The GoodPlanet Foundation and the ENGIE Foundation are acting for biodiversity in Morocco with the development of 10 beekeeping cooperatives in the Mesguina forest to enable producers to develop their beekeeping business profitably and sustainably, as part of its commitment to biodiversity and the climate.

The Mesguina forest (near Agadir) is in the Arganeraie biosphere zone, a UNESCO World Heritage site. Its rich biodiversity offers strong beekeeping potential, thanks to high altitude forests rich in thyme and seaside areas populated by euphorbia. Beekeeping is a significant resource (up to 40% of income) for the inhabitants of this area, hard hit by the rural exodus.

© GoodPlanet

Project objective: to promote and develop a sustainable beekeeping industry and raise public awareness of the issues involved in preserving bees

Bees are essential for pollinating flowers, helping to maintain biodiversity and the ecological balance of ecosystems. They also play a vital role in the various life phases of many plant species, both wild and cultivated (impact on the many citrus and vegetable crops in the nearby Souss plain).

This project will provide support for beekeepers whose swarms have been severely affected by the impacts of climate change, including several years of persistent drought. It also aims to provide support through capacity-building, particularly in terms of strategy, finance and product development.



  • 95 beekeepers from 10 supported cooperatives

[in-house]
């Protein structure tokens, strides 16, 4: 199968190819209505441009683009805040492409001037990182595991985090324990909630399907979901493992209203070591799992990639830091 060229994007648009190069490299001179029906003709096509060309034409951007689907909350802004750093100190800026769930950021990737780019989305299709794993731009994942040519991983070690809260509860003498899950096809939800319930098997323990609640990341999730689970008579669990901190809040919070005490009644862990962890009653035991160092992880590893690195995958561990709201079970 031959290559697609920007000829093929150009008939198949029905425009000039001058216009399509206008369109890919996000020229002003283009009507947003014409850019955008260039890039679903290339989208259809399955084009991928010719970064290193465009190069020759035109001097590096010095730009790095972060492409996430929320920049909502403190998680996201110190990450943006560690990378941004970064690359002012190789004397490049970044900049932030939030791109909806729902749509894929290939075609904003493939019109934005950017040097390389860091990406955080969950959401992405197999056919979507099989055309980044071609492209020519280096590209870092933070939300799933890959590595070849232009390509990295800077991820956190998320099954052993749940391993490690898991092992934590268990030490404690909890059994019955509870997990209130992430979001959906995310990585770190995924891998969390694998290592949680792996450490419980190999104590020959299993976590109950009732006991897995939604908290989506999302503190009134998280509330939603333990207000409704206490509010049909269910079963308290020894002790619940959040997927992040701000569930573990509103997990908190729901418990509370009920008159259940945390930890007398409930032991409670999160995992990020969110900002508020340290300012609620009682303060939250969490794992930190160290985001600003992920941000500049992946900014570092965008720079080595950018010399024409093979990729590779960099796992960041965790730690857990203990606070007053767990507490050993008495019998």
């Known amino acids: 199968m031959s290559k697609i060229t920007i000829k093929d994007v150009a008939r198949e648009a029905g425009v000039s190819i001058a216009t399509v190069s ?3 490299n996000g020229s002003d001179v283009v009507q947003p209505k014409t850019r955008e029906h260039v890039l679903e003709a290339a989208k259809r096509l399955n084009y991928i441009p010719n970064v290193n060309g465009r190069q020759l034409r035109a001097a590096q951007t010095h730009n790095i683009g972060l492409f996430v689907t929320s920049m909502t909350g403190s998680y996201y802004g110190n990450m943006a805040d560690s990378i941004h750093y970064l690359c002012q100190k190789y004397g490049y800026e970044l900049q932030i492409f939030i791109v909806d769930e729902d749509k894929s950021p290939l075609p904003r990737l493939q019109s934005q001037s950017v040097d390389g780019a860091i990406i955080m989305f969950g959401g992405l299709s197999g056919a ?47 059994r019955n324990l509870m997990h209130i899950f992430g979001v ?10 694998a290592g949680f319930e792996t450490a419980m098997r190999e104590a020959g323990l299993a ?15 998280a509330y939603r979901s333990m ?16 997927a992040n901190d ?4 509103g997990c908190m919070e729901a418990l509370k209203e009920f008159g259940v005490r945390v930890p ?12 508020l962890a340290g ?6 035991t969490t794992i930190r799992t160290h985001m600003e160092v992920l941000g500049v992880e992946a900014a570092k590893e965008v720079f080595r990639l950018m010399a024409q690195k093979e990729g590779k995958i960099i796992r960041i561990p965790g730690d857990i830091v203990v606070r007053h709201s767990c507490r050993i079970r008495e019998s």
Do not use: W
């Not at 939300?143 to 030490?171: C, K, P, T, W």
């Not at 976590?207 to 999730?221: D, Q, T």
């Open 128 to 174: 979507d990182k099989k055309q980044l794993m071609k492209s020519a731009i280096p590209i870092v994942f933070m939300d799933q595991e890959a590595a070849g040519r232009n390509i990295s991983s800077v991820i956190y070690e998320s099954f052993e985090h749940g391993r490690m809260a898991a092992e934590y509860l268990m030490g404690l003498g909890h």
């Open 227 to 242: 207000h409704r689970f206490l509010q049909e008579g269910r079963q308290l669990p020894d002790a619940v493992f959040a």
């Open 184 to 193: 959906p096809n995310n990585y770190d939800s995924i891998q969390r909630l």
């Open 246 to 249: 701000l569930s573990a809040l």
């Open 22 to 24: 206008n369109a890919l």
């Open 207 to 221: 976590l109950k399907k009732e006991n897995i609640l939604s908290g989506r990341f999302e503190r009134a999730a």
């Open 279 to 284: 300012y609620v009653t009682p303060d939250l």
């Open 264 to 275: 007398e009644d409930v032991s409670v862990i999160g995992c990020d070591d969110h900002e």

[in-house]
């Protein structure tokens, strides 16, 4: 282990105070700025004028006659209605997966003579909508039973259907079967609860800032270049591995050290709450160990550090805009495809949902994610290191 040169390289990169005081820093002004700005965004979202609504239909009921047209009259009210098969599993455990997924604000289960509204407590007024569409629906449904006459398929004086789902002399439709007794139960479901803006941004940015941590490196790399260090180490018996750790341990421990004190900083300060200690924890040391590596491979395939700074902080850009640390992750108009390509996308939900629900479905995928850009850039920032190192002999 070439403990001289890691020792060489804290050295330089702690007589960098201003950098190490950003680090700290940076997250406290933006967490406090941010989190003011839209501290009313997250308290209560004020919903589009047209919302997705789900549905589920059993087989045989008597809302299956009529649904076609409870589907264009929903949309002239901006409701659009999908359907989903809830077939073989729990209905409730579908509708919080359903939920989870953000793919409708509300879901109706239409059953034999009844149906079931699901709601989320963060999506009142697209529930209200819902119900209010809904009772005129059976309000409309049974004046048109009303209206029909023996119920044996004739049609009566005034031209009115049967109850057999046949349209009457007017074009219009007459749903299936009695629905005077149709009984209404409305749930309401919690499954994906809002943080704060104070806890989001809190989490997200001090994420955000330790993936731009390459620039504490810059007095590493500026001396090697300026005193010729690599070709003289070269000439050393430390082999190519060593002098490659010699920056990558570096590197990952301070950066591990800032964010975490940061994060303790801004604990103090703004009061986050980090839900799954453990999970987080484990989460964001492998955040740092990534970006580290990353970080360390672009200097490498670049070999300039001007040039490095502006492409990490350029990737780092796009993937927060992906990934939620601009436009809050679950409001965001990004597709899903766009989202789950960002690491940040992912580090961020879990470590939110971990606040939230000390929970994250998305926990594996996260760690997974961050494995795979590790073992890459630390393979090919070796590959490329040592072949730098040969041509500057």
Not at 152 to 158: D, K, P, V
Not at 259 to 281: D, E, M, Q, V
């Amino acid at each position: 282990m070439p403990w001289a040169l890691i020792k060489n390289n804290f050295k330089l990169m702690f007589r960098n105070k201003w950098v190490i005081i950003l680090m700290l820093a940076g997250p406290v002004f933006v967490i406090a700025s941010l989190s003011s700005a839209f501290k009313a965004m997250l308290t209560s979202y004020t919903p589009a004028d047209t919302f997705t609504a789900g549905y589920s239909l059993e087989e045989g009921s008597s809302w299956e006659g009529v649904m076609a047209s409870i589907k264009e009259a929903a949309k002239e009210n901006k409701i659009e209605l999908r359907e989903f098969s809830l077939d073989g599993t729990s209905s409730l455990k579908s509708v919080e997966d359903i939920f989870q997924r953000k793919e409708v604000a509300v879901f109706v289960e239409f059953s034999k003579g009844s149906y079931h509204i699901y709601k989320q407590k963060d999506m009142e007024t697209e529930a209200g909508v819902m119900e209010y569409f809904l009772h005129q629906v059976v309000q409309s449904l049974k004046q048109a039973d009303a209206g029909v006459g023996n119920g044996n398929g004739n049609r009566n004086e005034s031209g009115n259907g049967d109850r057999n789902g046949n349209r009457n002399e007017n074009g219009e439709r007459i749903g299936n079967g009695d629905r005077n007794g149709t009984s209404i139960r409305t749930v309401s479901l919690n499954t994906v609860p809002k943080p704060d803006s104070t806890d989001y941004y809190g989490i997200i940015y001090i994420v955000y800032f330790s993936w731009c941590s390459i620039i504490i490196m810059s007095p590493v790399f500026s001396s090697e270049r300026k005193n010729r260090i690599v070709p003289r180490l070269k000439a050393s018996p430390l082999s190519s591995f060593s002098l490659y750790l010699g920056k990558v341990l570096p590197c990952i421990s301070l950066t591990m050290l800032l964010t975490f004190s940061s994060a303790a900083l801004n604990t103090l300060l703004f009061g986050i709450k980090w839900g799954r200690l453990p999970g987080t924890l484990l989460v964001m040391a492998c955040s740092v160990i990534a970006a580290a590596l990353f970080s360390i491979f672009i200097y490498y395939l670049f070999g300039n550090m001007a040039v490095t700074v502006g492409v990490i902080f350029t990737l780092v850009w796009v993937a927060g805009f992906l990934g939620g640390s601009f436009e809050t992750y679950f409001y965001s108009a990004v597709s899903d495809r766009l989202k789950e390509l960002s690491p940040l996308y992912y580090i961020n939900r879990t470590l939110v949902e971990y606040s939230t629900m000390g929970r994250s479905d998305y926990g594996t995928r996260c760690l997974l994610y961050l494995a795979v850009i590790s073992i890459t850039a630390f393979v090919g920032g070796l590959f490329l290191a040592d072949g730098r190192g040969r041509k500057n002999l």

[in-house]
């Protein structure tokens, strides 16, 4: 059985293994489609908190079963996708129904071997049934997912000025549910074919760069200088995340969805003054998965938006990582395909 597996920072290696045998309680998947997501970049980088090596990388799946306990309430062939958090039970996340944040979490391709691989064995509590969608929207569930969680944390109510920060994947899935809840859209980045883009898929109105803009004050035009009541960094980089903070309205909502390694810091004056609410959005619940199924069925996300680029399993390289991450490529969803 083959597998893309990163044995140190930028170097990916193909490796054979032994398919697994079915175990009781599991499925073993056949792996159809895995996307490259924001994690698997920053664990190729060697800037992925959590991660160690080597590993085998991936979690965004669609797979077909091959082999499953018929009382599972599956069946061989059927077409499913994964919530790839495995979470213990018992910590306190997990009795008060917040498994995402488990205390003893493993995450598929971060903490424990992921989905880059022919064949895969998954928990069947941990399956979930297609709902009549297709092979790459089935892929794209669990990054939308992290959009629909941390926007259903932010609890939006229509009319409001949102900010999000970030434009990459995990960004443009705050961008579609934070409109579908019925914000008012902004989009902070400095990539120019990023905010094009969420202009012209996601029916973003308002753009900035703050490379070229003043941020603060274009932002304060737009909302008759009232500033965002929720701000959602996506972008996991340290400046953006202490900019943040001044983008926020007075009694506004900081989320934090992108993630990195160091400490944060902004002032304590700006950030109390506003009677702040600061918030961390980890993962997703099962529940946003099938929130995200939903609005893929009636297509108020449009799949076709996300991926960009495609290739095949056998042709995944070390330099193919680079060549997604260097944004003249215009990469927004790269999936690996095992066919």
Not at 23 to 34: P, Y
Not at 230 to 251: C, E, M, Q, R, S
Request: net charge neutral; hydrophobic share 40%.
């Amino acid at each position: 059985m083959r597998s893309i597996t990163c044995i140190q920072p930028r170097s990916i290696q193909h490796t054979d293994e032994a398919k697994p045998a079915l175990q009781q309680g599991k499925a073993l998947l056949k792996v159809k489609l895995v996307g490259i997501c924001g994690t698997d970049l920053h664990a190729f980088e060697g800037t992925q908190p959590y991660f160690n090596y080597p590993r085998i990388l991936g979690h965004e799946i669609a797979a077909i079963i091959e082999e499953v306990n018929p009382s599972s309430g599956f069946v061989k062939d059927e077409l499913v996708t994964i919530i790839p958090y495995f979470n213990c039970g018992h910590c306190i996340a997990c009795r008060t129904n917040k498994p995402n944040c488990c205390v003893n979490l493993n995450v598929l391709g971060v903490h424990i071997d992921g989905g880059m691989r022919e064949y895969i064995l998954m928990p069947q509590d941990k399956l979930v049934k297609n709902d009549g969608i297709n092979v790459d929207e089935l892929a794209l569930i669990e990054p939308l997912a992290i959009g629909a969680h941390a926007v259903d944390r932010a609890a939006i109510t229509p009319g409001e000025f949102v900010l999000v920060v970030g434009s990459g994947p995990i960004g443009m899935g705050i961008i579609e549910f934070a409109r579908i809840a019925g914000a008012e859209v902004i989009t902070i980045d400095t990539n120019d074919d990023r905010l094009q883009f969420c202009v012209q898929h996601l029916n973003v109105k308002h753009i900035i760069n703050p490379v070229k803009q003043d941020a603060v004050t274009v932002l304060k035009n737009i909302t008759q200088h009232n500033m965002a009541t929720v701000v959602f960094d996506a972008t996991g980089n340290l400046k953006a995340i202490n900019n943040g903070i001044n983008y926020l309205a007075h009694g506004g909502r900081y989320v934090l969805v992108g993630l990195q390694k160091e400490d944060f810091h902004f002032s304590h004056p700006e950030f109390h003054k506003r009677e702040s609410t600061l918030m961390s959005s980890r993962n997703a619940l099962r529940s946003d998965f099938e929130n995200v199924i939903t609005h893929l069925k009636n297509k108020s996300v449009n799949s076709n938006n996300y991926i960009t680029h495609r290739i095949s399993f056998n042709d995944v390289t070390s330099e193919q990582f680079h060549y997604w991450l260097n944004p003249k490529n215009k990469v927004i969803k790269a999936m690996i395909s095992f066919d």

• 4 cooperative honey houses equipped with collective equipment (for extracting, ripening and potting honey) 
  • 4 cooperative premises upgraded to Moroccan sanitary standards 
  • 40 beekeepers trained in beekeeping techniques, conservation of bee breeds, health standards, quality control, etc. 
  • 1 feasibility study for a “Mesguina forest honey” label 
  • Visit to a honey house and exchanges of experience between beekeepers
  • 100 students from 9 rural schools learn about bee conservation 
  • 30 farmers and beekeepers work together to prevent pesticide-related bee mortality.
UCTM stand - Meknes Agricultural Fair © GoodPlanet

Workshops to raise awareness of bee conservation

The region’s beekeepers and farmers were made aware of the importance of using organic and environmentally friendly products to ensure the safety of bees. Apart from drought, bee swarm mortality in the Souss Massa area is due to intoxication by phytosanitary treatments of crops, especially citrus fruits.

This year, schoolchildren in the villages of the cooperatives concerned will be made aware of the role of bees in biodiversity and human nutrition. 8 teaching aids have been created to accompany the workshops in the classrooms.

Inspection of the beehives © GoodPlanet